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Annual Student Art Show Goes Digital

One of the most anticipated nights of the year in the Seaford School District is the annual art show and since it couldn't be held in person due to the COVID-19 pandemic, an online student art gallery was created.

Art department chairman Curtis Tripoli said the art show typically draws hundreds of students, parents, staff and community members to Seaford High School, where work created by students from kindergarten through 12th grade is displayed in the main hallway and cafeterias. The district’s art teachers still wanted to highlight their students, so a virtual art gallery was created using Adobe Lightroom. Work is arranged by teacher and features drawings, paintings, photography, sculpture and digital art.

“The students really look forward to the art festival every year and we really wanted to give them an opportunity to share what they’ve been creating,” said Jamie LaSota, who teaches at the high school and Seaford Manor Elementary School.

Ms. LaSota added that the art show is a great way for students to see the work made by their peers throughout the district. For the elementary artists in particular, it gives them the chance to learn about the art they can create and the techniques they can further explore in higher-level classes at the middle school and high school.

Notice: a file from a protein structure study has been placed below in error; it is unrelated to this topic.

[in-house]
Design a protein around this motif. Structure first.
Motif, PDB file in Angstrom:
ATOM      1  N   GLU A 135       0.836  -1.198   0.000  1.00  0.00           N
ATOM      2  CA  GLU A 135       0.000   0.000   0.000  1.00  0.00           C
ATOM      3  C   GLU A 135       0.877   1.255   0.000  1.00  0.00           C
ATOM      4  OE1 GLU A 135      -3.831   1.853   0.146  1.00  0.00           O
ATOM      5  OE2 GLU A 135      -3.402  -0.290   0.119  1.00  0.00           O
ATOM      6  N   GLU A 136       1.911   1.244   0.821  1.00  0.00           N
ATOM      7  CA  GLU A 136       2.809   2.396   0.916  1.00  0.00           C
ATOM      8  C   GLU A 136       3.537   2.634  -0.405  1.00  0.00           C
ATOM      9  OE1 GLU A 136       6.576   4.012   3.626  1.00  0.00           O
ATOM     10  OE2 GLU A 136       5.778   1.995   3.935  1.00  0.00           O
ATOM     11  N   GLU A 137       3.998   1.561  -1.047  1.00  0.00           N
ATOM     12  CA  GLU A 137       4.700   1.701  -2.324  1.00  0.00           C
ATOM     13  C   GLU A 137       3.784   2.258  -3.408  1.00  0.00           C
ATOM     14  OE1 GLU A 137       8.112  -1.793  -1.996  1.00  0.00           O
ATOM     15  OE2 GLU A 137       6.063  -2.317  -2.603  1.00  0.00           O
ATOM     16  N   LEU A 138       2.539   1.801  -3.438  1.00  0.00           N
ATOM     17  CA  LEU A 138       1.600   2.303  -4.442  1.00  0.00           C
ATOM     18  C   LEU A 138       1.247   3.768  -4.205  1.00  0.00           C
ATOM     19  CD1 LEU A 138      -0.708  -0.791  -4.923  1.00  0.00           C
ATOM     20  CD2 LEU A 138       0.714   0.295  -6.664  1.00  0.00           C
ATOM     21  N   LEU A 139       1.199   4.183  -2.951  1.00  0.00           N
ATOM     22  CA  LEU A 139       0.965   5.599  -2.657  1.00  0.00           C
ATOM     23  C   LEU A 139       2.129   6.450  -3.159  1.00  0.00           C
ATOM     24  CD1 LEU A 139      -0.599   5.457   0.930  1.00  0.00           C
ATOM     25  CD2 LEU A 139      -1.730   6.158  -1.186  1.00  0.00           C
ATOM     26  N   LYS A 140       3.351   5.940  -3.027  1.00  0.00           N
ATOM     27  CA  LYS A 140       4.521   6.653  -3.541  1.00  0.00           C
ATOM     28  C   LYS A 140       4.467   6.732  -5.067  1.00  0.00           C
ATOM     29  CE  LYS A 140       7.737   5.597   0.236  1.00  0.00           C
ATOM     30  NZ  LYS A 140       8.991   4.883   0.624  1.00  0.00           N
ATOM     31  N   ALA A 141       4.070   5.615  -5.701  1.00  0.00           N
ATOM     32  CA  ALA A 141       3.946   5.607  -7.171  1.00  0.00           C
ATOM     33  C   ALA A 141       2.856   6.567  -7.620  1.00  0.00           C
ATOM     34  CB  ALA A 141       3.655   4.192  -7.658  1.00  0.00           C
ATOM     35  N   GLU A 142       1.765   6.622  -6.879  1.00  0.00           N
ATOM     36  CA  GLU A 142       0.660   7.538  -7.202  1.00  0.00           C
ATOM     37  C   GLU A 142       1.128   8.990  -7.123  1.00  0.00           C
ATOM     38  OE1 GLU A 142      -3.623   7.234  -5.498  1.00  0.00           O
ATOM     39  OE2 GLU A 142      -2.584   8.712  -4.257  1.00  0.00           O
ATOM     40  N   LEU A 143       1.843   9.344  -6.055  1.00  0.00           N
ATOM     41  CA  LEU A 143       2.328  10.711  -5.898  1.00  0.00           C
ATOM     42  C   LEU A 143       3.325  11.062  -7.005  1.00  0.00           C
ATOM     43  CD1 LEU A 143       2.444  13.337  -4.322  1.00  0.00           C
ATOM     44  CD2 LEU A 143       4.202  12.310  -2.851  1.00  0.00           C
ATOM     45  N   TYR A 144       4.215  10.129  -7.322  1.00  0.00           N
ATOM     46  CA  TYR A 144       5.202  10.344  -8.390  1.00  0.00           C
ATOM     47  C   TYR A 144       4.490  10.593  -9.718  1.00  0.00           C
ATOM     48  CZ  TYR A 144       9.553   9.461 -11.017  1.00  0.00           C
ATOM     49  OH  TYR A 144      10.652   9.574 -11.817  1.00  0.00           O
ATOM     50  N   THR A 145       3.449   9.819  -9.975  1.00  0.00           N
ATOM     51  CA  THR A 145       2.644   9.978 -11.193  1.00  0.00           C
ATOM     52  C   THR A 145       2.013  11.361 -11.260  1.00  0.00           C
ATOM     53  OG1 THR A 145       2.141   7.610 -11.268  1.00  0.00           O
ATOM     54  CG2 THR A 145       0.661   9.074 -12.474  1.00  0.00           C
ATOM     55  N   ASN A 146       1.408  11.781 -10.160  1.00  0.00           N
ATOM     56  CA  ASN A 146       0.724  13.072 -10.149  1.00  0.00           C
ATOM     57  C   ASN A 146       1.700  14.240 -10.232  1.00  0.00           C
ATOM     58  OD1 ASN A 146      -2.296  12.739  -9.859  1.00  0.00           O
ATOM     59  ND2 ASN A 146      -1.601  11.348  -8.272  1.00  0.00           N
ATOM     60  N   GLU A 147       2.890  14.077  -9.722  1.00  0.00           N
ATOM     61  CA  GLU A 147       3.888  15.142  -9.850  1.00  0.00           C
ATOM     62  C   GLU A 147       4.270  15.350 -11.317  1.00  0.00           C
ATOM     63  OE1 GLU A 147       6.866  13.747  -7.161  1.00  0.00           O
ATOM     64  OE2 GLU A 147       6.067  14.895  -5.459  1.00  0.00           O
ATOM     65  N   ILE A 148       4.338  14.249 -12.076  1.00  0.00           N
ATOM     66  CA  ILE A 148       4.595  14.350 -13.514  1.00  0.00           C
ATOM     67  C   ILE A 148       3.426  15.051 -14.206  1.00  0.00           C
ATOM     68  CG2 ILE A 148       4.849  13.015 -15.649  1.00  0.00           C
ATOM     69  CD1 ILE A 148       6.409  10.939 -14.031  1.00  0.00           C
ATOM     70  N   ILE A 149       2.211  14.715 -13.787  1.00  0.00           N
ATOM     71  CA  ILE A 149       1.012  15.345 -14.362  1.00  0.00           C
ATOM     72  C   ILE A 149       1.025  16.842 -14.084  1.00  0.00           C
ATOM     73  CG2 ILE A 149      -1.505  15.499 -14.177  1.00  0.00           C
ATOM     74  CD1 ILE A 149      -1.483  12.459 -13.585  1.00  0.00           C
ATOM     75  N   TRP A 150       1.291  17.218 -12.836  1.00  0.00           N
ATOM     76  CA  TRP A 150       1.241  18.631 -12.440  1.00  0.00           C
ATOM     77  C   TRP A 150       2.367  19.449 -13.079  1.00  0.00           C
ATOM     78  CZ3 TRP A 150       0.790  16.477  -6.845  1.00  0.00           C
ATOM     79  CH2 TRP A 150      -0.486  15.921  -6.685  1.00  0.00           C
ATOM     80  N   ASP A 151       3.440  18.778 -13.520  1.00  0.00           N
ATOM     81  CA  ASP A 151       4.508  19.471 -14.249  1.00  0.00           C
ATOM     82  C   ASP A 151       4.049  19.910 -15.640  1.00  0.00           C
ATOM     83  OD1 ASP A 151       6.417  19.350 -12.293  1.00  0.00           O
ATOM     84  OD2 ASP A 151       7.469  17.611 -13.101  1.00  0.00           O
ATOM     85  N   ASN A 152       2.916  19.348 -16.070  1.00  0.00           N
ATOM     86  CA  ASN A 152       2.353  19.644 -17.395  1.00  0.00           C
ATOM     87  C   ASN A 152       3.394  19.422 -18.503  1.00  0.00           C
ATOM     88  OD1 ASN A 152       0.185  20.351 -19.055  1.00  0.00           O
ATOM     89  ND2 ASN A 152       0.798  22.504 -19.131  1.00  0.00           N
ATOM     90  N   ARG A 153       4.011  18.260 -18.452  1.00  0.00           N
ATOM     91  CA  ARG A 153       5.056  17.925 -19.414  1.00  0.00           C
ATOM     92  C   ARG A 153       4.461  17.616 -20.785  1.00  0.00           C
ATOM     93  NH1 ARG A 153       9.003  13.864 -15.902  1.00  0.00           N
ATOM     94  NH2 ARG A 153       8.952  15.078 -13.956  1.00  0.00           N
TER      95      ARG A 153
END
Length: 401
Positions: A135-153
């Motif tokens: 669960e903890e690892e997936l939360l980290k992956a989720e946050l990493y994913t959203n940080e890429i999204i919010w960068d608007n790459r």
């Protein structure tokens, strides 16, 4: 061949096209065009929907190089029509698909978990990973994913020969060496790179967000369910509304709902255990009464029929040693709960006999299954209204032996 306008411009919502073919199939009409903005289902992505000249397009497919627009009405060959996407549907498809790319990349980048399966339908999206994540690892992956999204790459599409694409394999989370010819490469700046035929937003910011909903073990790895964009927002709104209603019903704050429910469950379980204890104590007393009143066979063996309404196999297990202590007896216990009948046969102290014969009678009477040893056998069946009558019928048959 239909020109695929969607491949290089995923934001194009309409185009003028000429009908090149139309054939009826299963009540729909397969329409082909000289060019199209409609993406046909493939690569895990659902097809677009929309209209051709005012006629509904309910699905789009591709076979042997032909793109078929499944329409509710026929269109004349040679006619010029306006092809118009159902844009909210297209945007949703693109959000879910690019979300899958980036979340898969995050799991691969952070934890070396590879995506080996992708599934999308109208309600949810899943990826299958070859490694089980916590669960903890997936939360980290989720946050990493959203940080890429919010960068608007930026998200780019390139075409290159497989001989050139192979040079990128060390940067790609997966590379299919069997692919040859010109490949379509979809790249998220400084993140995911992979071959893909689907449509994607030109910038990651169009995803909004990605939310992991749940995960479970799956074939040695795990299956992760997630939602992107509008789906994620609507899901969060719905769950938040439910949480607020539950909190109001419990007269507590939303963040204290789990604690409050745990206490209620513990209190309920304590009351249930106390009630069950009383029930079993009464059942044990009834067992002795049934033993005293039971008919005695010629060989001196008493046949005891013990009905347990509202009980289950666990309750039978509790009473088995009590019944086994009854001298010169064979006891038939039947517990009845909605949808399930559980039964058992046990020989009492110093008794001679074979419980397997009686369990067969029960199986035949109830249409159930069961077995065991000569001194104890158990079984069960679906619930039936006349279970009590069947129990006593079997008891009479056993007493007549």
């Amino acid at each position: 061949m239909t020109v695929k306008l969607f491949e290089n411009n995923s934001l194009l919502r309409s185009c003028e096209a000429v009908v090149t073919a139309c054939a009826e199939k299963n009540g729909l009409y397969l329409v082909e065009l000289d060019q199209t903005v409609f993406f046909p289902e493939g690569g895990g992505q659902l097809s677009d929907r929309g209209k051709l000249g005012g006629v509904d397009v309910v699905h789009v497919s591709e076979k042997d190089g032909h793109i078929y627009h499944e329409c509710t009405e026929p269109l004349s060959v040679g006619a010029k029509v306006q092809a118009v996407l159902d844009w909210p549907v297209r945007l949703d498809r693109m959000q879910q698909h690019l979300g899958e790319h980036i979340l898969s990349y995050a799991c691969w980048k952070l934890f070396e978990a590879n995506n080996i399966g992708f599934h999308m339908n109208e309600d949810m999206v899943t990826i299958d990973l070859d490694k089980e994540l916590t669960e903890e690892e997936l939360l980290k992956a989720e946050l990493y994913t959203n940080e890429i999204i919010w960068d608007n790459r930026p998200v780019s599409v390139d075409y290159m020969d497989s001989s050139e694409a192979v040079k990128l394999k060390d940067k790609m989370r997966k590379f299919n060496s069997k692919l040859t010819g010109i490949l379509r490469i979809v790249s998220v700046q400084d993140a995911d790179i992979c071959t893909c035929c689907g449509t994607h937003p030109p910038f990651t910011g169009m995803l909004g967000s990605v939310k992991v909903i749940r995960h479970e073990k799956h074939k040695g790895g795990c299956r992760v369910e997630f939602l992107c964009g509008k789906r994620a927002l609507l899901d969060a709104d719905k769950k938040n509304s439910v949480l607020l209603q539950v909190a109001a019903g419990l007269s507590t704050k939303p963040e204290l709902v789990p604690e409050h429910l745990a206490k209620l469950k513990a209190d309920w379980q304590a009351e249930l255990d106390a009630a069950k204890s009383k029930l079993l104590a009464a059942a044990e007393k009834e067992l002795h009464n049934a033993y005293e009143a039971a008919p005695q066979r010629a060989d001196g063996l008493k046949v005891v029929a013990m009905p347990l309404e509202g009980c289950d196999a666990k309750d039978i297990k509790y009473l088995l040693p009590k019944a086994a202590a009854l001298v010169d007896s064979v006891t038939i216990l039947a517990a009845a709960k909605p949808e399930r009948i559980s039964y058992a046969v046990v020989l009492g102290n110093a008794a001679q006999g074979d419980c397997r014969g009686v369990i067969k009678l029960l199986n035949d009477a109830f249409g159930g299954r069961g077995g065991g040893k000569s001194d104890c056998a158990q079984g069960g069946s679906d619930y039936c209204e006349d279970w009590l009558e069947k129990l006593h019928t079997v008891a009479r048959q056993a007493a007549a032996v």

Diya Hathiramani, a second grader at Manor, had a bubble letter project displayed in the online gallery. She learned about the color wheel by using warm colors to fill in her “D” and cool colors to create the background.

“I like how the colors I chose made it pop,” she said, adding that she felt honored to be chosen for the digital art show. “I love art because it helps my express myself.”

Sophomore Owen Wendt has taken a big interest in computer graphics and is in Mr. Tripoli’s digital art class. He has several digital art pieces featured in the show, many of which he had made on his own since schools were closed.

Over the past few months, Owen has been experimenting with the rotoscoping technique, combining lots of small shapes to create a larger image in Adobe Illustrator. He enjoys making landscapes and portraits, often using existing pictures as a starting point.

“It's very time consuming, but it’s also peaceful and relaxing,” he said. “I like to experiment and see how far I can go.”

Mr. Tripoli said that the online gallery was launched just before Memorial Day and is a “living document” so teachers can continue to add student artwork. It also features a section of pieces made by Seaford teachers and staff.


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